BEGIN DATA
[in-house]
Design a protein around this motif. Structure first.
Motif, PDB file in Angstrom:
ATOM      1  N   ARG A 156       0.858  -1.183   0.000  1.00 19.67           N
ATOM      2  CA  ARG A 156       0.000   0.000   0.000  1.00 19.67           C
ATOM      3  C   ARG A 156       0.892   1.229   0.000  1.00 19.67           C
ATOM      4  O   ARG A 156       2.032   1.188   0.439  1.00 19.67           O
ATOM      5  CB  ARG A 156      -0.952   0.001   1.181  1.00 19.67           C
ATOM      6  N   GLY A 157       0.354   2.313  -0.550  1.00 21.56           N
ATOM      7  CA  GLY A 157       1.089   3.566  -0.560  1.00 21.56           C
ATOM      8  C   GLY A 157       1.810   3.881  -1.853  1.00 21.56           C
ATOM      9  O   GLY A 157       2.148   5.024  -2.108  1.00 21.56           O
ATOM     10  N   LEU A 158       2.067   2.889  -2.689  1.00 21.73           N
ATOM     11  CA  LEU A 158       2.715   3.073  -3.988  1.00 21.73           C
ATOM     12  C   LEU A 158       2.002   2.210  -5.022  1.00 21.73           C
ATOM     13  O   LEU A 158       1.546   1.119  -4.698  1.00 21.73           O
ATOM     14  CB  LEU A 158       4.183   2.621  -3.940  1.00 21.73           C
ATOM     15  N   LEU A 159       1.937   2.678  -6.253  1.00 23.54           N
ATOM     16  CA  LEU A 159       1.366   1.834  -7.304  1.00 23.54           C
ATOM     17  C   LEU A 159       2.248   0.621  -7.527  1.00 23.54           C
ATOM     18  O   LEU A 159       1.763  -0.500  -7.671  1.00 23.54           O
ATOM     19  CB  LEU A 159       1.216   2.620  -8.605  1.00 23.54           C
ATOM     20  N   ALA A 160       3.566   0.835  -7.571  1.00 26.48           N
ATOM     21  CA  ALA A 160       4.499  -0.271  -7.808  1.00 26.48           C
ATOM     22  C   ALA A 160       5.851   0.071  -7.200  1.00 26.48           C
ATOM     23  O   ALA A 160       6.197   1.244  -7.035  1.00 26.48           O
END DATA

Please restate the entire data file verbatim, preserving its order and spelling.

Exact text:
[in-house]
Design a protein around this motif. Structure first.
Motif, PDB file in Angstrom:
ATOM      1  N   ARG A 156       0.858  -1.183   0.000  1.00 19.67           N
ATOM      2  CA  ARG A 156       0.000   0.000   0.000  1.00 19.67           C
ATOM      3  C   ARG A 156       0.892   1.229   0.000  1.00 19.67           C
ATOM      4  O   ARG A 156       2.032   1.188   0.439  1.00 19.67           O
ATOM      5  CB  ARG A 156      -0.952   0.001   1.181  1.00 19.67           C
ATOM      6  N   GLY A 157       0.354   2.313  -0.550  1.00 21.56           N
ATOM      7  CA  GLY A 157       1.089   3.566  -0.560  1.00 21.56           C
ATOM      8  C   GLY A 157       1.810   3.881  -1.853  1.00 21.56           C
ATOM      9  O   GLY A 157       2.148   5.024  -2.108  1.00 21.56           O
ATOM     10  N   LEU A 158       2.067   2.889  -2.689  1.00 21.73           N
ATOM     11  CA  LEU A 158       2.715   3.073  -3.988  1.00 21.73           C
ATOM     12  C   LEU A 158       2.002   2.210  -5.022  1.00 21.73           C
ATOM     13  O   LEU A 158       1.546   1.119  -4.698  1.00 21.73           O
ATOM     14  CB  LEU A 158       4.183   2.621  -3.940  1.00 21.73           C
ATOM     15  N   LEU A 159       1.937   2.678  -6.253  1.00 23.54           N
ATOM     16  CA  LEU A 159       1.366   1.834  -7.304  1.00 23.54           C
ATOM     17  C   LEU A 159       2.248   0.621  -7.527  1.00 23.54           C
ATOM     18  O   LEU A 159       1.763  -0.500  -7.671  1.00 23.54           O
ATOM     19  CB  LEU A 159       1.216   2.620  -8.605  1.00 23.54           C
ATOM     20  N   ALA A 160       3.566   0.835  -7.571  1.00 26.48           N
ATOM     21  CA  ALA A 160       4.499  -0.271  -7.808  1.00 26.48           C
ATOM     22  C   ALA A 160       5.851   0.071  -7.200  1.00 26.48           C
ATOM     23  O   ALA A 160       6.197   1.244  -7.035  1.00 26.48           O